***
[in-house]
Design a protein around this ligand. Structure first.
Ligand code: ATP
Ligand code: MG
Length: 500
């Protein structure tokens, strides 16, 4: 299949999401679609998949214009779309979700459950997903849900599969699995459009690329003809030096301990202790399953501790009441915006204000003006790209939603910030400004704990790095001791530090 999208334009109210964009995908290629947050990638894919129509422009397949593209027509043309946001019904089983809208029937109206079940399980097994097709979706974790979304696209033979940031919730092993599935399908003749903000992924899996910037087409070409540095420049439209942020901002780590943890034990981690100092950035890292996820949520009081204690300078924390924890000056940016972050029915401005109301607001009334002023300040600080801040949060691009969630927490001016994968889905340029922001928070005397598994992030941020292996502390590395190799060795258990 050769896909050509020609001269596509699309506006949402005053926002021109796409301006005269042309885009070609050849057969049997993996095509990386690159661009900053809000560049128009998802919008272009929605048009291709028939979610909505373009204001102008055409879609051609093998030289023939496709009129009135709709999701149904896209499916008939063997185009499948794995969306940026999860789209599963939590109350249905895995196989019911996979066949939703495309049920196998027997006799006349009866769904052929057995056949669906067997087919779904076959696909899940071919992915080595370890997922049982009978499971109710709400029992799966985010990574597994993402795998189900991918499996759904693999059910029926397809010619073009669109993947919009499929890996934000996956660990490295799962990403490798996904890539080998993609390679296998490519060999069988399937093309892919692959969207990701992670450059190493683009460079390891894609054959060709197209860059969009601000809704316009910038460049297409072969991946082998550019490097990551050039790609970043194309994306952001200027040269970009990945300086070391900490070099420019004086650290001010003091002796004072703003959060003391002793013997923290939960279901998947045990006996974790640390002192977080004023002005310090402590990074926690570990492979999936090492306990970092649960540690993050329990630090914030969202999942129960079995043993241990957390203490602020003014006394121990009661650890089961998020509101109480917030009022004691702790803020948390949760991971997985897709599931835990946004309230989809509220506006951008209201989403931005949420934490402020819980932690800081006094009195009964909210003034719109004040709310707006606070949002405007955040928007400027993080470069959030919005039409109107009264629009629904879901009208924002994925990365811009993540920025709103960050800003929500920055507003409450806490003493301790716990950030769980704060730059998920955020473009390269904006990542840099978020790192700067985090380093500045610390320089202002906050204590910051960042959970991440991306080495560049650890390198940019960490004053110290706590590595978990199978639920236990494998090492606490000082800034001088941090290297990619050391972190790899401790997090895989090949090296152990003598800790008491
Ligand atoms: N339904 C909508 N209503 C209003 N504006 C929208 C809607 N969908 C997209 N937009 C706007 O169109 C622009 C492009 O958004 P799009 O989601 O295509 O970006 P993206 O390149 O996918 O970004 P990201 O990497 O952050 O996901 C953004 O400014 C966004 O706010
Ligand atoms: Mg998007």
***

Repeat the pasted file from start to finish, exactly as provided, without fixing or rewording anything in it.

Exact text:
[in-house]
Design a protein around this ligand. Structure first.
Ligand code: ATP
Ligand code: MG
Length: 500
């Protein structure tokens, strides 16, 4: 299949999401679609998949214009779309979700459950997903849900599969699995459009690329003809030096301990202790399953501790009441915006204000003006790209939603910030400004704990790095001791530090 999208334009109210964009995908290629947050990638894919129509422009397949593209027509043309946001019904089983809208029937109206079940399980097994097709979706974790979304696209033979940031919730092993599935399908003749903000992924899996910037087409070409540095420049439209942020901002780590943890034990981690100092950035890292996820949520009081204690300078924390924890000056940016972050029915401005109301607001009334002023300040600080801040949060691009969630927490001016994968889905340029922001928070005397598994992030941020292996502390590395190799060795258990 050769896909050509020609001269596509699309506006949402005053926002021109796409301006005269042309885009070609050849057969049997993996095509990386690159661009900053809000560049128009998802919008272009929605048009291709028939979610909505373009204001102008055409879609051609093998030289023939496709009129009135709709999701149904896209499916008939063997185009499948794995969306940026999860789209599963939590109350249905895995196989019911996979066949939703495309049920196998027997006799006349009866769904052929057995056949669906067997087919779904076959696909899940071919992915080595370890997922049982009978499971109710709400029992799966985010990574597994993402795998189900991918499996759904693999059910029926397809010619073009669109993947919009499929890996934000996956660990490295799962990403490798996904890539080998993609390679296998490519060999069988399937093309892919692959969207990701992670450059190493683009460079390891894609054959060709197209860059969009601000809704316009910038460049297409072969991946082998550019490097990551050039790609970043194309994306952001200027040269970009990945300086070391900490070099420019004086650290001010003091002796004072703003959060003391002793013997923290939960279901998947045990006996974790640390002192977080004023002005310090402590990074926690570990492979999936090492306990970092649960540690993050329990630090914030969202999942129960079995043993241990957390203490602020003014006394121990009661650890089961998020509101109480917030009022004691702790803020948390949760991971997985897709599931835990946004309230989809509220506006951008209201989403931005949420934490402020819980932690800081006094009195009964909210003034719109004040709310707006606070949002405007955040928007400027993080470069959030919005039409109107009264629009629904879901009208924002994925990365811009993540920025709103960050800003929500920055507003409450806490003493301790716990950030769980704060730059998920955020473009390269904006990542840099978020790192700067985090380093500045610390320089202002906050204590910051960042959970991440991306080495560049650890390198940019960490004053110290706590590595978990199978639920236990494998090492606490000082800034001088941090290297990619050391972190790899401790997090895989090949090296152990003598800790008491
Ligand atoms: N339904 C909508 N209503 C209003 N504006 C929208 C809607 N969908 C997209 N937009 C706007 O169109 C622009 C492009 O958004 P799009 O989601 O295509 O970006 P993206 O390149 O996918 O970004 P990201 O990497 O952050 O996901 C953004 O400014 C966004 O706010
Ligand atoms: Mg998007």